Whether you are new to southern Alberta or you have been driving around the province for years, at this time of year everyone can use a reminder of safe winter driving practices.
Before the snow falls and the icy temperatures set in for weeks on end, this is a time to prepare your vehicle for winter driving. If you haven’t already done so, use this opportunity to change your wiper blades, fill your washer fluid tank with a de-icing formula and ensure that your anti-freeze is up to the task. Make sure that your battery isn’t so old that it will easily go flat in the cold. Also, make sure that all of your lights are bright and in good working order.
Make Sure You Can Go. . .And Stop
Making sure your tires and brakes are up to the challenges of winter is also a prudent step, and could be the difference between getting around safely and ending up having to file an insurance claim for causing an accident. If your tires are worn, now is the time to get new ones that can handle ice and snow. Consider snow tires and learn how to the traction control in your car works.
All of the tire grip in the world on ice and snow won’t avail you if your brake pads are worn out. If your brakes squeal, or grab or pulse inappropriately, or require too much pedal effort for your stopping results, it is time for new brakes.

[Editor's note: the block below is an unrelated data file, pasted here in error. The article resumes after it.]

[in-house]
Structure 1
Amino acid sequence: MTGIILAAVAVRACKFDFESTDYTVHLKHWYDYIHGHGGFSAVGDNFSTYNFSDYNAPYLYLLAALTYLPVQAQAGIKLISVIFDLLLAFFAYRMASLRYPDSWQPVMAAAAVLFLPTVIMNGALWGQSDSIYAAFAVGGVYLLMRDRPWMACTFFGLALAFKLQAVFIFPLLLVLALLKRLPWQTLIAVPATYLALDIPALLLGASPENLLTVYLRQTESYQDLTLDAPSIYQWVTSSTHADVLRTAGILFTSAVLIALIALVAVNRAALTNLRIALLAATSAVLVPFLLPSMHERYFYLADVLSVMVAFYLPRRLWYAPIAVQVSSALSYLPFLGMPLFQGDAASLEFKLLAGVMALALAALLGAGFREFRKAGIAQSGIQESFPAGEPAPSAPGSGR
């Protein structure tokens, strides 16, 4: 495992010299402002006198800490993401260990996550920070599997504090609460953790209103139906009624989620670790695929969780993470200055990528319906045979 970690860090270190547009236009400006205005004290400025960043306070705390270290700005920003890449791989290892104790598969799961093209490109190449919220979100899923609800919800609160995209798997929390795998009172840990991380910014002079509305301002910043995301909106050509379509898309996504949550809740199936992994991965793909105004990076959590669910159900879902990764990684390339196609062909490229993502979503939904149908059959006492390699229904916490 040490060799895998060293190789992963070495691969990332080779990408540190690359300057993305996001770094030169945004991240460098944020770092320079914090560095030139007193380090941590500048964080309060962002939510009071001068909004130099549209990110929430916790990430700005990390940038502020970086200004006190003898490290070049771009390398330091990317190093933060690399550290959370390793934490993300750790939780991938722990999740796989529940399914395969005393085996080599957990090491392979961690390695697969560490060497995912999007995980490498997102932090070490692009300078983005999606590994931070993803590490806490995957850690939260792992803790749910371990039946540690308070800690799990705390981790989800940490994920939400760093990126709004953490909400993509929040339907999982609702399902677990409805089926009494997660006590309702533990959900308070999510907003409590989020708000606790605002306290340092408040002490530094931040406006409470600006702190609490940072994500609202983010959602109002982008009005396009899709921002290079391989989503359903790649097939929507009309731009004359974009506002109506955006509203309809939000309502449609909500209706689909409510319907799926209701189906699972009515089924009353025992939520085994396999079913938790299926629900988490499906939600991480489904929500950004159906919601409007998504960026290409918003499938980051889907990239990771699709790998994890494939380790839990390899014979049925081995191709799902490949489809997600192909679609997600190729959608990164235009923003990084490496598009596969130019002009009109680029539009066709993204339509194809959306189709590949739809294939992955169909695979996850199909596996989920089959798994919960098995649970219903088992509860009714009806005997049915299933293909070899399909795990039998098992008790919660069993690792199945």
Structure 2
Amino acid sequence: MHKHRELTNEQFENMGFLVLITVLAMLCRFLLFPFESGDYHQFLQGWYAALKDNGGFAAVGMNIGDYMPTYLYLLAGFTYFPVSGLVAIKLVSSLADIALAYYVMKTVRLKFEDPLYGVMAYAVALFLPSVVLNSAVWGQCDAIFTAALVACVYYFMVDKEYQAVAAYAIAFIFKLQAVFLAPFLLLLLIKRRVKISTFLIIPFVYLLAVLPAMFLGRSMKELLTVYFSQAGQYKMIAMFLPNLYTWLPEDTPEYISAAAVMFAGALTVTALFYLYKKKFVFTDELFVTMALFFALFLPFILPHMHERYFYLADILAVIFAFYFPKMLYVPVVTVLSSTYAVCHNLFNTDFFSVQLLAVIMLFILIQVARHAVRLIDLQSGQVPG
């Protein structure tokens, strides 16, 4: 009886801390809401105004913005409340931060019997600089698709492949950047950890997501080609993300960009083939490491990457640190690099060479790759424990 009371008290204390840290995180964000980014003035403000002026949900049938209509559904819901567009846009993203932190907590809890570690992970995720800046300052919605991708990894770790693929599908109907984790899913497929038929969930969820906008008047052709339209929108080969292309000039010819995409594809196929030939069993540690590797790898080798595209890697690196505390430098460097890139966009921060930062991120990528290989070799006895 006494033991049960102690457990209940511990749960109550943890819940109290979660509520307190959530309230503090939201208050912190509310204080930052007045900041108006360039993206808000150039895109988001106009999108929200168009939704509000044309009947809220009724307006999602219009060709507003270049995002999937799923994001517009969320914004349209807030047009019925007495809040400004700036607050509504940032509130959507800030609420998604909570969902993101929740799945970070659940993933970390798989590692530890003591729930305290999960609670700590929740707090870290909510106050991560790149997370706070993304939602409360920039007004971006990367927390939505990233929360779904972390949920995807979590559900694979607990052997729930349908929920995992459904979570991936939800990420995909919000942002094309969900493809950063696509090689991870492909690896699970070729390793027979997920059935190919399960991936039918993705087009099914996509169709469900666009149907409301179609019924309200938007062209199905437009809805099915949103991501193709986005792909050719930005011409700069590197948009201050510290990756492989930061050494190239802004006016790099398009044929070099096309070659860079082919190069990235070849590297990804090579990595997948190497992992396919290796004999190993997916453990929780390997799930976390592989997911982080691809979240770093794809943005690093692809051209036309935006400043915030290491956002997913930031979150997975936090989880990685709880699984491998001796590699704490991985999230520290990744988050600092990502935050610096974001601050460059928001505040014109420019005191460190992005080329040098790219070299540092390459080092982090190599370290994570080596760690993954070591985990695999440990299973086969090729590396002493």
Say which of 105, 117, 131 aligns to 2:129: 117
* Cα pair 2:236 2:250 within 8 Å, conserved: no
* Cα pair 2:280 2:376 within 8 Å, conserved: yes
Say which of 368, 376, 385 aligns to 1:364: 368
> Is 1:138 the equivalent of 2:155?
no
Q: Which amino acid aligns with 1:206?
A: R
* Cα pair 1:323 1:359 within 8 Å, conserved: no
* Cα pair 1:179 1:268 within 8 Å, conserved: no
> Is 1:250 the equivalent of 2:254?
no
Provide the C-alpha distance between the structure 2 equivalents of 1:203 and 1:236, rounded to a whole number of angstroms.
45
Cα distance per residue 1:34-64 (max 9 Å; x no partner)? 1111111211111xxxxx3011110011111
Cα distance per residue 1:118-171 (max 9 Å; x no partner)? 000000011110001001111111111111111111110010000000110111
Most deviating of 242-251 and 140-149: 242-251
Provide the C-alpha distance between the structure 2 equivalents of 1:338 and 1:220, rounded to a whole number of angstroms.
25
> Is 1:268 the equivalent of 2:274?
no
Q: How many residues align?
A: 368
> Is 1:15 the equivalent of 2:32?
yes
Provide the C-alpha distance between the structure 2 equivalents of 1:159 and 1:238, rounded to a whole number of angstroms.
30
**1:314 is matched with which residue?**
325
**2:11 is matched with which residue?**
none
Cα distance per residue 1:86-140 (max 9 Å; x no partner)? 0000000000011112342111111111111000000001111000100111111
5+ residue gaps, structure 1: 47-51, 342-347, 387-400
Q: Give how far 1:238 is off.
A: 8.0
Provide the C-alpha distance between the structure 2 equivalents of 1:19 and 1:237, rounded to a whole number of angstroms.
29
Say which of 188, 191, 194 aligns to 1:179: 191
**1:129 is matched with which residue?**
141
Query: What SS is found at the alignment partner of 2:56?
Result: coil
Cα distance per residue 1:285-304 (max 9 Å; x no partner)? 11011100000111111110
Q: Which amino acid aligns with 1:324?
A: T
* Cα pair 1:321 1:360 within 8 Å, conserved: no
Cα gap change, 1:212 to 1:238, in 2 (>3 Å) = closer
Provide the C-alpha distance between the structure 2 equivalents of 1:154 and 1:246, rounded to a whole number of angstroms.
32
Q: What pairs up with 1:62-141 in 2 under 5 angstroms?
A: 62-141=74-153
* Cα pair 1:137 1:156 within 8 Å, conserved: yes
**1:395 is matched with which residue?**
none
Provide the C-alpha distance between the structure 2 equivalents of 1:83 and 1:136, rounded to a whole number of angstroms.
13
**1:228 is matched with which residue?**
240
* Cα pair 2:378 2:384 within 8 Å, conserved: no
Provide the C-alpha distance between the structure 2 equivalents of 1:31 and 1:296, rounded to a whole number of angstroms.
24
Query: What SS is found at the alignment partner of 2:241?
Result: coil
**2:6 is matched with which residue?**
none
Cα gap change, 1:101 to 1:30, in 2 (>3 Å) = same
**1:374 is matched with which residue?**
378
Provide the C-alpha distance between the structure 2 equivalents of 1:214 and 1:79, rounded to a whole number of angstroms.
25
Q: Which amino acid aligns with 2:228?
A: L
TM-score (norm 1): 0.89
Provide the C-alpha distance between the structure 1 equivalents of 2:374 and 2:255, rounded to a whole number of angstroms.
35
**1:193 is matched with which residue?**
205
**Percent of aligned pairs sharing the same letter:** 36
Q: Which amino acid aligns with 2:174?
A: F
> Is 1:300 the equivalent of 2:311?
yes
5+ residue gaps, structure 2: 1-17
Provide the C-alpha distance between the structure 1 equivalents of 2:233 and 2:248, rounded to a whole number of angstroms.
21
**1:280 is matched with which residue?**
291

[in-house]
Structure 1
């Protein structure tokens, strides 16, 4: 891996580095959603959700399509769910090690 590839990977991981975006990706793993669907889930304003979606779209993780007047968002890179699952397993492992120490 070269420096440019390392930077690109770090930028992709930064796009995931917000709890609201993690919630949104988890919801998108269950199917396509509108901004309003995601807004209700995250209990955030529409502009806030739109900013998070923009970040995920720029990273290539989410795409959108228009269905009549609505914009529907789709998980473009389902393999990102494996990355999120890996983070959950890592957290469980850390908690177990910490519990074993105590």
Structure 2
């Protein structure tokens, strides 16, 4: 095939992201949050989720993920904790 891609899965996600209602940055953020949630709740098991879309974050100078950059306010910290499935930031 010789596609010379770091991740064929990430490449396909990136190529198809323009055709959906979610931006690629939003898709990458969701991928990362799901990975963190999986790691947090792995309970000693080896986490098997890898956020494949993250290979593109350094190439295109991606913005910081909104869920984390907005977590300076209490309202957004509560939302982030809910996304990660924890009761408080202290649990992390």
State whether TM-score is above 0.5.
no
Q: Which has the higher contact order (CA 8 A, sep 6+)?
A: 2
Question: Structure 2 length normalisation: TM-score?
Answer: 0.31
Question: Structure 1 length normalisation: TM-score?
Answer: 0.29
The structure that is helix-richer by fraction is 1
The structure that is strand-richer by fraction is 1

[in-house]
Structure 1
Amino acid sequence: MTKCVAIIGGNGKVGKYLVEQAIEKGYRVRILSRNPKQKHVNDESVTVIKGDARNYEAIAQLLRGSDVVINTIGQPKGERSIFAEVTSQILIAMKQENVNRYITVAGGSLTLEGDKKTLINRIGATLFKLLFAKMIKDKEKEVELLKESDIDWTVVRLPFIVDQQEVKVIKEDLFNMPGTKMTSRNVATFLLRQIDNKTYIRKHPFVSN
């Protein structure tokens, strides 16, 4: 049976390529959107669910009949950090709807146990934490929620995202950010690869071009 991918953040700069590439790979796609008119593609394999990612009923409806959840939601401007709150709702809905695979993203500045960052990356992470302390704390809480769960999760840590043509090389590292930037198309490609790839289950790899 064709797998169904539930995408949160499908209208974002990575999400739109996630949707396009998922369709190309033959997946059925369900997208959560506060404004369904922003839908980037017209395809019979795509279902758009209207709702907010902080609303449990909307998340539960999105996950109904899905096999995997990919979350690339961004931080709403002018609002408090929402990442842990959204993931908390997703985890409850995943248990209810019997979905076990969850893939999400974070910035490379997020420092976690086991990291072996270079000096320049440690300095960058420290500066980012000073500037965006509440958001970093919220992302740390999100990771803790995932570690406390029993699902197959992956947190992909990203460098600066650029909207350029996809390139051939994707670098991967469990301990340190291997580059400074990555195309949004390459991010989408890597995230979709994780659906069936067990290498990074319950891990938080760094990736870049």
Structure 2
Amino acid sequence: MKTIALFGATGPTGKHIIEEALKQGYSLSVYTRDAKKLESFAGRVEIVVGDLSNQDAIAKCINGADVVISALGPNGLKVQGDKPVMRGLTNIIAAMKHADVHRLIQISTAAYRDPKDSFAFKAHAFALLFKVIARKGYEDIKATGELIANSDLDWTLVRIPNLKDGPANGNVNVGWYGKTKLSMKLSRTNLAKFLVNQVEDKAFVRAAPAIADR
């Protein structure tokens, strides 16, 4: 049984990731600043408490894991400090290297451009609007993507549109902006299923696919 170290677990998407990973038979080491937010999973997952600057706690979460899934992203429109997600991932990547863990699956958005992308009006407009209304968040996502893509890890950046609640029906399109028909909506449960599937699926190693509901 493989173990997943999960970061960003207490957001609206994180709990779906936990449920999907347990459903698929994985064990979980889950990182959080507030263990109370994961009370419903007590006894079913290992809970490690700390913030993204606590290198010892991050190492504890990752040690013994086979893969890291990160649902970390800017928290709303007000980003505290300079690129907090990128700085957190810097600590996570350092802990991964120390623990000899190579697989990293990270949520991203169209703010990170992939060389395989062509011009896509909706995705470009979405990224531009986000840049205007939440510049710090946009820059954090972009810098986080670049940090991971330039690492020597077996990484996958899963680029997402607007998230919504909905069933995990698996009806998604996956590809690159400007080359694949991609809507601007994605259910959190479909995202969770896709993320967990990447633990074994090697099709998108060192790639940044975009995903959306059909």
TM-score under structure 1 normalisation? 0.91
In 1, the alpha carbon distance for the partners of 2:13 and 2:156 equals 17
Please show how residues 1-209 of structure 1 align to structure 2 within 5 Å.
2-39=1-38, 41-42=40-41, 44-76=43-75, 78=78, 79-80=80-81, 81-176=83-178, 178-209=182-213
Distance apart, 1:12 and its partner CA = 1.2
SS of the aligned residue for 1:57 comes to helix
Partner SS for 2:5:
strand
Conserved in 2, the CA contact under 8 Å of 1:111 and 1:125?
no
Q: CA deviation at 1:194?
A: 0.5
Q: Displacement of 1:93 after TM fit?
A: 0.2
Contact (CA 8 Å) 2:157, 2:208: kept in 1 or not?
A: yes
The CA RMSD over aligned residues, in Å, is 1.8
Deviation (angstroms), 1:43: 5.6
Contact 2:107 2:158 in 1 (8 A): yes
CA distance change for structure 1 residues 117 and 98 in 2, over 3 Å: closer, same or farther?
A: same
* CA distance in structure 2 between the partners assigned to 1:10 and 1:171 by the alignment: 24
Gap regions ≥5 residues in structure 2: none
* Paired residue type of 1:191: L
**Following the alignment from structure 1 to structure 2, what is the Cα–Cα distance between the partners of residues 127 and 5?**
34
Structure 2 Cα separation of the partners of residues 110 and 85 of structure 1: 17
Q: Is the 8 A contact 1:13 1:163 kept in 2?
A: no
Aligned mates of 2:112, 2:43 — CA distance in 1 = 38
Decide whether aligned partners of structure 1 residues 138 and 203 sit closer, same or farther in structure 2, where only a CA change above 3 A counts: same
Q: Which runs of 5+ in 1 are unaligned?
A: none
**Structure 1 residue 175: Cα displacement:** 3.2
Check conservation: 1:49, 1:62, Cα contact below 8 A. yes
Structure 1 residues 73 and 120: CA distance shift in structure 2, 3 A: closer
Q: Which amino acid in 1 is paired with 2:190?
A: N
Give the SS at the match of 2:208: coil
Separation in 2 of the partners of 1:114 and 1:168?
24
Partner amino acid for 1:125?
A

Winter Driving Tips
Once you are reasonably sure your vehicle is ready for wintry roads, it is time to turn attention to yourself. It is simply the case that once snow falls, or ice develops, that you have to drive far more defensively than you would in perfect conditions.
First, don’t drive in bad weather unless it is absolutely critical to do so. Check the weather forecasts before heading out and delay your trip by a few hours until the worst of a snowstorm has passed. If you must head out, make sure you let some one know your route and your expected arrival time.
As it is driven upon, snow easily develops compressed ice ruts on both paved and dirt roads, while it also conceals pot holes, abrupt shoulders, and other road imperfections. On a slick stretch of road, anticipate what you must do based on the conditions, and time of day, and if your surroundings look treacherous at all, slow down. Care must be taken to avoid sudden steering inputs, passing, heavy braking, or lead footed acceleration that could cause a loss of traction and directional control. To maintain maximum control on a weather-compromised road, you should also regard your cruise control feature as off limits during inclement weather.
When travelling through heavy snowfall, remember to only use your low beam headlights to keep blinding reflectivity to a minimum.
If You Get Stuck. . . .
Foremost, stay with your vehicle unless you absolutely cannot. It is the best shelter available in most cases. Be sure to stock your vehicle with some emergency supplies, including water and a blanket or sleeping bag for staying warm. If you have to run the heat in your car for an extended time, be sure that the tailpipe has not become blocked by drifting snow and that you only run the car for a few minutes at a time to conserve your fuel.
Make Sure Your Auto Insurance Is Up To Date